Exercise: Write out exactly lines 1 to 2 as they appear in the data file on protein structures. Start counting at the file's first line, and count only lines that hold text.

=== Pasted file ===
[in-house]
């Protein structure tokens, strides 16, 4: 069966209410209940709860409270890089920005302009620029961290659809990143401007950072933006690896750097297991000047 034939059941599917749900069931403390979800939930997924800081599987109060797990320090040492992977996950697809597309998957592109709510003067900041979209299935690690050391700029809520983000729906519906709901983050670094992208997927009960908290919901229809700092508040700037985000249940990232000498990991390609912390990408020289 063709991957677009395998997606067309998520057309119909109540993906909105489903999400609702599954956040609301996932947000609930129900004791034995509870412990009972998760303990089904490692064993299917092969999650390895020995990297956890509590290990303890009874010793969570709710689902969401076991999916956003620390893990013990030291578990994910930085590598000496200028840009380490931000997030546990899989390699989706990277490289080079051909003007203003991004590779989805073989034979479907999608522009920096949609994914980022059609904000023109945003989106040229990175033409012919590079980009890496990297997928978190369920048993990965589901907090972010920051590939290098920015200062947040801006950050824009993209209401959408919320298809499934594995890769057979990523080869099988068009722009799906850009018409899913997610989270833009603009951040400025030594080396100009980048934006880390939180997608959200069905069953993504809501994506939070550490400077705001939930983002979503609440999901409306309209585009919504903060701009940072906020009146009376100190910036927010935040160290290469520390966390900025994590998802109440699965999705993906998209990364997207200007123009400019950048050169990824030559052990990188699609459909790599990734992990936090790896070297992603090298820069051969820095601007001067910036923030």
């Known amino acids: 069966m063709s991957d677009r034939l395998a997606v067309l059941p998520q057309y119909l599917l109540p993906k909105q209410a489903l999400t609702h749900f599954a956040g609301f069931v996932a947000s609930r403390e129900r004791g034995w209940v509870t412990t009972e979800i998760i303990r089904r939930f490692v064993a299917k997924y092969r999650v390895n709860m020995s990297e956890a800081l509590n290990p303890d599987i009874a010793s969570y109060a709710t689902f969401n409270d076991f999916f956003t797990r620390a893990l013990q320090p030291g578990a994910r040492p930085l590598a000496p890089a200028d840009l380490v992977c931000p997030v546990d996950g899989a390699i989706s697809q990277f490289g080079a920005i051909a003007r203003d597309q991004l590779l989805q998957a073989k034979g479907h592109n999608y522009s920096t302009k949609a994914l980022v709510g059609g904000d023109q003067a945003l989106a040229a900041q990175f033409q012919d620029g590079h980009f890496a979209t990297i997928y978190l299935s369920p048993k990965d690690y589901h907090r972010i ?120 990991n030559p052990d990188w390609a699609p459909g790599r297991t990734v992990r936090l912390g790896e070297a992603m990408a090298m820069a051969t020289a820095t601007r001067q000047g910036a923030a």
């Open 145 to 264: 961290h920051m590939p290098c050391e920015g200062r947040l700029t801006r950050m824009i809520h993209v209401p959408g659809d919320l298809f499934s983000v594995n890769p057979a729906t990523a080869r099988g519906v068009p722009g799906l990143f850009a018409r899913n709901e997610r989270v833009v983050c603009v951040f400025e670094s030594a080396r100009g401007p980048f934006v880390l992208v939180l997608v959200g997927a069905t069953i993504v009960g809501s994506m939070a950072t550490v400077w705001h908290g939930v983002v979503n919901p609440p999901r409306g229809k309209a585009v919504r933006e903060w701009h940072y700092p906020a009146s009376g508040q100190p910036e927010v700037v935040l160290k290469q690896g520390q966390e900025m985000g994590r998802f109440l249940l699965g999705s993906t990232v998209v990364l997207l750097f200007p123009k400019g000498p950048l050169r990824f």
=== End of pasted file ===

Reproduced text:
[in-house]
């Protein structure tokens, strides 16, 4: 069966209410209940709860409270890089920005302009620029961290659809990143401007950072933006690896750097297991000047 034939059941599917749900069931403390979800939930997924800081599987109060797990320090040492992977996950697809597309998957592109709510003067900041979209299935690690050391700029809520983000729906519906709901983050670094992208997927009960908290919901229809700092508040700037985000249940990232000498990991390609912390990408020289 063709991957677009395998997606067309998520057309119909109540993906909105489903999400609702599954956040609301996932947000609930129900004791034995509870412990009972998760303990089904490692064993299917092969999650390895020995990297956890509590290990303890009874010793969570709710689902969401076991999916956003620390893990013990030291578990994910930085590598000496200028840009380490931000997030546990899989390699989706990277490289080079051909003007203003991004590779989805073989034979479907999608522009920096949609994914980022059609904000023109945003989106040229990175033409012919590079980009890496990297997928978190369920048993990965589901907090972010920051590939290098920015200062947040801006950050824009993209209401959408919320298809499934594995890769057979990523080869099988068009722009799906850009018409899913997610989270833009603009951040400025030594080396100009980048934006880390939180997608959200069905069953993504809501994506939070550490400077705001939930983002979503609440999901409306309209585009919504903060701009940072906020009146009376100190910036927010935040160290290469520390966390900025994590998802109440699965999705993906998209990364997207200007123009400019950048050169990824030559052990990188699609459909790599990734992990936090790896070297992603090298820069051969820095601007001067910036923030």